For yeast dough you can use frozen white bread dough. Thaw and roll out to desired thickness, spread with butter, sugar and cinnamon. (You can use white sugar instead of brown sugar if desired for different taste) Roll up like jelly roll, Slice and place in greased baking pan with space between rolls. Cover with cloth and let rise in warm place. Keep our of cold air or draft as it will sour the dough. (Takes about 1 hour to rise, sometimes less time according to room temperature)
Simple yeast dough recipe: 2 cups lukewarm water, 2 pkg. dry yeast, 1/2 cup white sugar
1/2 cup oil, 1 teaspoon salt, 7 -7 1/2 cups flour.
Put the sugar, and yeast in the warm water, stir, let set a few minutes, until it starts to grow and bubble. Add the oil. Stir in the flour a cup at a time. You may not need the entire amount of flour. You may use it to flour surface to roll the dough on. Knead the dough until smooth. Cover with a cloth and let rise in a warm place until double (1-1 1/2 hours) Punch down. Let rise a second time. Then roll out. spread with butter and sugar and cinnamon. Slice and place in greased baking pan. Let rise in warm place. Bake at 350 degrees about 20 minutes until golden brown.
Yeast dough can also be made with milk, butter and eggs for a richer batter. The recipe I have makes 2 9x13 pans, which is alot if you have a small family. A bit difficult to halve the recipe. Let me know if you want that recipe also. It is delicious and has a cream cheese icing. Irene
If you enjoy these vintage recipes, you should buy a vintage cookbook from us. They make great gifts too. Take a look at:
Buy a Vintage Kitchen collectible from us. We've got lots of them here:
10) A vintage recipe request from a reader
As with collectibles, people also have very strong feelings about foods from their past. Sometimes these special recipes get lost. This section is to help people who are looking for lost recipes from their past. If you
submit a request, please include the geographical region where you had this recipe.
I am looking for one chocolate cake recipe and one cookie recipe.
The cake had all the usual cake ingredients, unsweetened chocolate squares, PLUS regular Coca-Cola. It was so rich and moist and a great favorite. The second is a recipe for a sugar type cookie-- using ground almonds. After making the dough, you rolled it into little logs about one-half inch in diameter. I would love to find these again. Can my friends at TIAS help? Thanks - Phyllis in Cherry Hill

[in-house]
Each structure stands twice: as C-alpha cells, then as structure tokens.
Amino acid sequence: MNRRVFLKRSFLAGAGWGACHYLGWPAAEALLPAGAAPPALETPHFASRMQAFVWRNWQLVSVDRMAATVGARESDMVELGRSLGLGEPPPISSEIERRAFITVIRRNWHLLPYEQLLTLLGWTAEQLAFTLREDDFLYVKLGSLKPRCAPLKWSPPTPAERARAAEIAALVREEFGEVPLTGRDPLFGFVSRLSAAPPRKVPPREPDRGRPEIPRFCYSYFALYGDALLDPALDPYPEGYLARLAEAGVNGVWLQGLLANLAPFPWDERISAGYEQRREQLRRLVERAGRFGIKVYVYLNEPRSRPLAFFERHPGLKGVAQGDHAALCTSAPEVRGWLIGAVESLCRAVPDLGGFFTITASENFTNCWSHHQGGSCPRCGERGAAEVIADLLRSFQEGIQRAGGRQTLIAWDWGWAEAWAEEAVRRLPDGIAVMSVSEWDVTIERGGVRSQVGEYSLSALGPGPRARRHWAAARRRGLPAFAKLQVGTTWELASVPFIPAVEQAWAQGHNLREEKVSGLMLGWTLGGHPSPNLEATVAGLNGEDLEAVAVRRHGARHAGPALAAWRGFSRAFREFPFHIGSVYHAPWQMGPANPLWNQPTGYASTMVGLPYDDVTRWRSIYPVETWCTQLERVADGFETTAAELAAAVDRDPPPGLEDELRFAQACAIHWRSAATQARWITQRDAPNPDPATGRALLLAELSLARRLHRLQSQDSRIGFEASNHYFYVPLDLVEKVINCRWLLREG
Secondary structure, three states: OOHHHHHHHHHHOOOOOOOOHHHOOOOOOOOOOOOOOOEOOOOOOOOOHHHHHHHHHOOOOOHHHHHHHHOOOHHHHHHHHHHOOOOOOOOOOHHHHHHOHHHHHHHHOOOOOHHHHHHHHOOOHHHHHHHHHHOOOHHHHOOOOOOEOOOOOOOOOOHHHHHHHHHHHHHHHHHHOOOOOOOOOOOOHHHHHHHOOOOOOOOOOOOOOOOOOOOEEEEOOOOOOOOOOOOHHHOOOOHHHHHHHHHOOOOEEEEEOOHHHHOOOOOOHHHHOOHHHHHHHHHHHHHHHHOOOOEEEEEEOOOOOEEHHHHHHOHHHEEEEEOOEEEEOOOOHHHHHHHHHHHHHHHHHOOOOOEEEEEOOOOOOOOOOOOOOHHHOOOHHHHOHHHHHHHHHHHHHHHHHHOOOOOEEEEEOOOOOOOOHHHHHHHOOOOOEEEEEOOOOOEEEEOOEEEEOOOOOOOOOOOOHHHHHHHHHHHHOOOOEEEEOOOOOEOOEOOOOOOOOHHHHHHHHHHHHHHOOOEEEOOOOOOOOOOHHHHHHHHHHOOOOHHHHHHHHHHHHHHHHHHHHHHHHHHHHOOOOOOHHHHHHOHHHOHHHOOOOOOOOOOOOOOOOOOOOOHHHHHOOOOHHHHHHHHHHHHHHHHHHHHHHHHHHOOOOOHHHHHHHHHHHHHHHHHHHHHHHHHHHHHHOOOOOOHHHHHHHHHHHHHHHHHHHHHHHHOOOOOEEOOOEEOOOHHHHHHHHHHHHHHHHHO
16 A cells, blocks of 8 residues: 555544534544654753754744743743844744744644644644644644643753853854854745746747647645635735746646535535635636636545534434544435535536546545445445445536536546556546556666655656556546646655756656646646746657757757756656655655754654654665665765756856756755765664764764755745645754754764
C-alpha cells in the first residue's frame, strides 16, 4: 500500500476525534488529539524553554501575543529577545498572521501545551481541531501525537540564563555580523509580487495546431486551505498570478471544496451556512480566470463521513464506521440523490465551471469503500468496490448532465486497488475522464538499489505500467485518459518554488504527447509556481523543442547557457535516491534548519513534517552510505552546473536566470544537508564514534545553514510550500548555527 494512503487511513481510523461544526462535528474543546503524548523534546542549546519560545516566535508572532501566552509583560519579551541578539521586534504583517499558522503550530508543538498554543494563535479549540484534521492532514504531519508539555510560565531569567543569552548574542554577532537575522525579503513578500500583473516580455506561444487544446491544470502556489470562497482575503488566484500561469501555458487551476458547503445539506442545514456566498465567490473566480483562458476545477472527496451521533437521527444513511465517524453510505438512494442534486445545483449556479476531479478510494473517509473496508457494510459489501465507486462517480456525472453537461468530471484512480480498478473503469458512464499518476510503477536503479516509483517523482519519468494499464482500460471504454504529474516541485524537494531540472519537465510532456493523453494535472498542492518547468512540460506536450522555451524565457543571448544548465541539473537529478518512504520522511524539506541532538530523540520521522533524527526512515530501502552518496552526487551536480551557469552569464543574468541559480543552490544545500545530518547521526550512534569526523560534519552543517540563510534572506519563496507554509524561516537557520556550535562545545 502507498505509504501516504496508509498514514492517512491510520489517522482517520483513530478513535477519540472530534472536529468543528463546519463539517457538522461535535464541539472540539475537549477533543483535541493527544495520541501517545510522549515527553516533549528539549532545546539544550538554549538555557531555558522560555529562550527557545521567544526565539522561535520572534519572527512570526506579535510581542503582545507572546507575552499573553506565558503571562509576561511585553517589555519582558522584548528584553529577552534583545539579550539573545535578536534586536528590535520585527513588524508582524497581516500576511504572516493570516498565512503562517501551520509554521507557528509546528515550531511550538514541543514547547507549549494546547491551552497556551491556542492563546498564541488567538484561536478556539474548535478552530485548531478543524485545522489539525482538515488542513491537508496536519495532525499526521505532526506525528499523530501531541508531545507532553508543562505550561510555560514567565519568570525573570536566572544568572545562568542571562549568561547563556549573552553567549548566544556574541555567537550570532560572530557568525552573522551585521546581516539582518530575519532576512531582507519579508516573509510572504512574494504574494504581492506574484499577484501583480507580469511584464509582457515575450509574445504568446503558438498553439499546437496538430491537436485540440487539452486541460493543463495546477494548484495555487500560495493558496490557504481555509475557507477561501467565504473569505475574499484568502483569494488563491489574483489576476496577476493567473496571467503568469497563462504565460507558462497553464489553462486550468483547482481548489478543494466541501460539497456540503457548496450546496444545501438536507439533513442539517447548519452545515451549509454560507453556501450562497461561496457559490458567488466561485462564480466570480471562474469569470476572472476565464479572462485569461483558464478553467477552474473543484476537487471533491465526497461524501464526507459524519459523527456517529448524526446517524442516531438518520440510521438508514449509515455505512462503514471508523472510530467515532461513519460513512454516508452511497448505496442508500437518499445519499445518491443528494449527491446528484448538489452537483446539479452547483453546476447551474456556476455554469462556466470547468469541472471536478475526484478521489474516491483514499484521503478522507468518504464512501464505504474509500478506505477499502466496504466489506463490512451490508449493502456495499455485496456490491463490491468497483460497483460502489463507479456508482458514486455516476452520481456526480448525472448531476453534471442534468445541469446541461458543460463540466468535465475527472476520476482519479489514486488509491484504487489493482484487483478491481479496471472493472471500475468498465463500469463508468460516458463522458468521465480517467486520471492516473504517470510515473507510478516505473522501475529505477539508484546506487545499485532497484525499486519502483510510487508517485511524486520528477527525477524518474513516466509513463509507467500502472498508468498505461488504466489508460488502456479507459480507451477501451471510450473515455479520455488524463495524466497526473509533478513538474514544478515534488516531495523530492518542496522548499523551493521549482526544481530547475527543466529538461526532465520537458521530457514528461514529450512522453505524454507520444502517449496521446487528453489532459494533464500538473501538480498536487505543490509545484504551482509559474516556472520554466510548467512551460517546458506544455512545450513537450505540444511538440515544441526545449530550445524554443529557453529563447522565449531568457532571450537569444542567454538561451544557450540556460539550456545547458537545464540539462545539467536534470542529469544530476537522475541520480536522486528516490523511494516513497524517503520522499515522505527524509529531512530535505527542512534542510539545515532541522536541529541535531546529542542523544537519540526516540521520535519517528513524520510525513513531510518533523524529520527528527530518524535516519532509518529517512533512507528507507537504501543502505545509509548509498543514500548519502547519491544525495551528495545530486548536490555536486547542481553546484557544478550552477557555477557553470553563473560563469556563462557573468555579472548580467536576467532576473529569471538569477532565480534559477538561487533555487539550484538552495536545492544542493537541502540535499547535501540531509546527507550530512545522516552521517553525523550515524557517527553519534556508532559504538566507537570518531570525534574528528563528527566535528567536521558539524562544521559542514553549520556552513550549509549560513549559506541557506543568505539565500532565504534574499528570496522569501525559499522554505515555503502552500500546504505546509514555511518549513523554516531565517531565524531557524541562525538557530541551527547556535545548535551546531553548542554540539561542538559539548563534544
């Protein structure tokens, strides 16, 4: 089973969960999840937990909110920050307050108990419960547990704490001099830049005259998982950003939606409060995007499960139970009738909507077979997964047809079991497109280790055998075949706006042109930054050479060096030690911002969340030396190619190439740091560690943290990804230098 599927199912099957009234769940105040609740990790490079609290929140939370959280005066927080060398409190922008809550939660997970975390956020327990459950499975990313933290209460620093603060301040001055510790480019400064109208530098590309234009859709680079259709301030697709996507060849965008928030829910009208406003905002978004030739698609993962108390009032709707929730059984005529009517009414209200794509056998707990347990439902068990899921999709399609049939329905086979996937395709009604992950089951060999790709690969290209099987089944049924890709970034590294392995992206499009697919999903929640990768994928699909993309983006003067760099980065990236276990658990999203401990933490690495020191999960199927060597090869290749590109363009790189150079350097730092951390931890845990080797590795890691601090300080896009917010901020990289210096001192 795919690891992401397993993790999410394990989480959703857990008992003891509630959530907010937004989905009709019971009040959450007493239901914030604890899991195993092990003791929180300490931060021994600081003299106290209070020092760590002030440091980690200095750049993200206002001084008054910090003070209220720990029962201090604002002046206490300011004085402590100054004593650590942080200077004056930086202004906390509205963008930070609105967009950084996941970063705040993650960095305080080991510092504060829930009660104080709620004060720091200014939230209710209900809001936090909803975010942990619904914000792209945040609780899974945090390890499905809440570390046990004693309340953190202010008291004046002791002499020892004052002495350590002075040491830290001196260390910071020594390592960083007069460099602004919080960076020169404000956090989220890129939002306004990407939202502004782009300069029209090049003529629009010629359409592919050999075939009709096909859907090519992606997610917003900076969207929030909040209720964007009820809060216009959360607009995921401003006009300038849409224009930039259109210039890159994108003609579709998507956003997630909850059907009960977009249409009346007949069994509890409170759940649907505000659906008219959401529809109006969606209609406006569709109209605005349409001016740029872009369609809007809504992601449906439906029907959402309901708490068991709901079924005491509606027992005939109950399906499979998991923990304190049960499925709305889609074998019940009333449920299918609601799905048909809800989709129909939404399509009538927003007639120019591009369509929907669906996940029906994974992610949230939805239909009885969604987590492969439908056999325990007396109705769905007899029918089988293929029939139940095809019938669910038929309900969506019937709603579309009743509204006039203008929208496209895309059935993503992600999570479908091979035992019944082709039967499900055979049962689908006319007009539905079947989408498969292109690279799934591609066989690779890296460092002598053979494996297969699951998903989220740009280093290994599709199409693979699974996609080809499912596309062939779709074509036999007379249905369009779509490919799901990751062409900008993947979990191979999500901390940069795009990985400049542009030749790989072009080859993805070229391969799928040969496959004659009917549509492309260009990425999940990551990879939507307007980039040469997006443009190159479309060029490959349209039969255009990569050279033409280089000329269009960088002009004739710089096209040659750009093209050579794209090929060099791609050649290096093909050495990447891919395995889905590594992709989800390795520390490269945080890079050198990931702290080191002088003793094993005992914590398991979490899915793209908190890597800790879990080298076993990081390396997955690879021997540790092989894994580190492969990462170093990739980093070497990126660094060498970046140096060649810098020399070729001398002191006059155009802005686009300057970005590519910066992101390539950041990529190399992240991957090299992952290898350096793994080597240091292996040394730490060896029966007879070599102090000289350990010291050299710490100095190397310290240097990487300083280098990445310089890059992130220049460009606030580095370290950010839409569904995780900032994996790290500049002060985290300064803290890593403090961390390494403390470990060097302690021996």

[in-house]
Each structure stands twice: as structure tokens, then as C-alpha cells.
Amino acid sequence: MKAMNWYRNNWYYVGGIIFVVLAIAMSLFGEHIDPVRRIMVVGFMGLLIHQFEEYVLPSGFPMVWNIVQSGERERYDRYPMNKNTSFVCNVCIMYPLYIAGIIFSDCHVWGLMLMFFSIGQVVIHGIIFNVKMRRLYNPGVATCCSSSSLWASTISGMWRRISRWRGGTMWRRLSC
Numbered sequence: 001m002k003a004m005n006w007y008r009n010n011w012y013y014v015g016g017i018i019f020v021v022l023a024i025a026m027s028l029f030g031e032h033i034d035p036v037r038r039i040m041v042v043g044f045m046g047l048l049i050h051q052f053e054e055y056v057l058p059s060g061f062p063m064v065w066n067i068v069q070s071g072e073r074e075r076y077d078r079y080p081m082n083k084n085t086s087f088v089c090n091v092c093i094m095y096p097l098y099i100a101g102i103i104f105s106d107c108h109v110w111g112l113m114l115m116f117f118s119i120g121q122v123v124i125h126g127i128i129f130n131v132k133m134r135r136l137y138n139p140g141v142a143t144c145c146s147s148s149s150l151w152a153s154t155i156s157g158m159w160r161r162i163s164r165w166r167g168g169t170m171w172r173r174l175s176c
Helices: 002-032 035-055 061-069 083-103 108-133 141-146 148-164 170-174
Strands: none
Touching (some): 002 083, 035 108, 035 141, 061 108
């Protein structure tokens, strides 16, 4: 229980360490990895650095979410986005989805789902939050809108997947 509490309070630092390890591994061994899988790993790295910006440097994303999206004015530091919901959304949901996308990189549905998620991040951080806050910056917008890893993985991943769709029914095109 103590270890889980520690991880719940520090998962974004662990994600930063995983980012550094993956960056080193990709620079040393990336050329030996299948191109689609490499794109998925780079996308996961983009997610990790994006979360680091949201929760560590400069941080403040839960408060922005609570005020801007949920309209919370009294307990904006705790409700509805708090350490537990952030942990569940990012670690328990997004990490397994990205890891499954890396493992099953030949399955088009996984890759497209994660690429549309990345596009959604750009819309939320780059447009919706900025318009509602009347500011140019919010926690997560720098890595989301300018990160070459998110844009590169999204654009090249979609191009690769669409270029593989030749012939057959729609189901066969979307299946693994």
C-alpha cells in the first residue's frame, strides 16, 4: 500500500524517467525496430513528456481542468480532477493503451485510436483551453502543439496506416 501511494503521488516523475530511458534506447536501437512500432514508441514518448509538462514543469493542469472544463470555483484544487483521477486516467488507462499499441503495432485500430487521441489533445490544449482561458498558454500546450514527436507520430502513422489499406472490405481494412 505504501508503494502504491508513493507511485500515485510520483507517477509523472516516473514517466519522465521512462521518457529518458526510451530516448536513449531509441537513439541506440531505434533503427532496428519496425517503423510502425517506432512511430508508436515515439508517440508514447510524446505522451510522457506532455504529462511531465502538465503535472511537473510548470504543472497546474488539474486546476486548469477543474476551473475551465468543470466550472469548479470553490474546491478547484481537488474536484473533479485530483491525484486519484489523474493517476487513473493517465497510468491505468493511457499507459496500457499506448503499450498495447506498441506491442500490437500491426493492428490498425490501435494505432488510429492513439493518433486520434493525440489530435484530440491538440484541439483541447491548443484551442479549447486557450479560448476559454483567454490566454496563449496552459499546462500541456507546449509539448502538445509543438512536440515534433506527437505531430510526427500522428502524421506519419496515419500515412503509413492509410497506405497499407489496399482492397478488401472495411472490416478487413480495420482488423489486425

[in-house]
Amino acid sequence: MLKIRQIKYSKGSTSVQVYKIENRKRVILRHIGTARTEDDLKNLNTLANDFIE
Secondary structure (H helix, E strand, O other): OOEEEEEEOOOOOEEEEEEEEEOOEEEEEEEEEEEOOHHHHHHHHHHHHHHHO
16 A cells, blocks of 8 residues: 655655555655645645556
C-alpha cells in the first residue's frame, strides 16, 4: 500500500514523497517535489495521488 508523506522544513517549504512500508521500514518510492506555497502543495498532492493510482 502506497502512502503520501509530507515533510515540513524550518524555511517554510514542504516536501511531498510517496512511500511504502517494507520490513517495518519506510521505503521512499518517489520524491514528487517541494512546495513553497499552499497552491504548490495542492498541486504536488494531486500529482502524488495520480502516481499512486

If you can help this reader with this recipe, please forward it to firstname.lastname@example.org . If you have a vintage recipe request send it to email@example.com and we might just publish it here.
Be sure to check out our vintage kitchen collectibles section online at:
11) New Online Merchants
Be sure to check out all of the fresh inventory offered by these new merchants at TIAS.
Daisys Vintage Shoppe
Welcome to Daisy's Vintage Shoppe. We deal with all kinds of fine collectibles, dolls and antiques. We are family owned business and your satisfaction is our priority. New items are listed daily.
Mickey & More ! My inventory mainly consist of Mickey Mouse collections. I have been a collector for over 20 years.
Memory Lane Antiques and Collectibles
We carry wide variety of inventory. Glassware, kitchen collectibles, pottery, china, toys, paper, lighting, jewelry,furniture,prints, etc...If I don't have it, I'll find it for you.
Collecting collectors of collectibles
Ephemera & Paper Collectibles, We are specialist dealers in all forms of paper ephemera. We maintain a large amount of stock in a wide variety of areas at all times. Themes & subjects in all categories;
This year, open your own online Antique & Collectible Shop. If you have one or a few items to sell, try our classifieds at
If you have more than a few items to sell, open your own store at TIAS. It's easy and fun. Over 160,000 customers visit us on an average day. It costs you nothing to get started. Take a look at:
12) Helpful Resources:
1. Find an antiques or collectibles club. Nearly 2000 different clubs listed. Take a look at:
2. What's it worth? Try Kovels' free online price guide to over 600,000 antiques and collectibles. It can be found online at
3. Make money with your Web site. Join the TIAS.com affiliate program today. Go to
4. Looking for prices for antiques and collectibles? PriceMiner.com has millions of them. Most items listed include color photos as well. Sign up today at:
(Not affiliated with Kovels.com)
5. Get an online appraisal. For just $9.95 from "What's It Worth To You?"
(Not affiliated with Kovels.com)
6. The Latest News regarding Antiques & Collectibles Take a look at
Thanks for reading. Feel free to forward this to a friend. To subscribe to this newsletter go to:
Please note that stories and recipes from readers are not checked for accuracy. They may be edited prior to publication. For questions or comments, you can reach us at newsletter@TIAS.com ©1995-2009 TIAS.com Inc.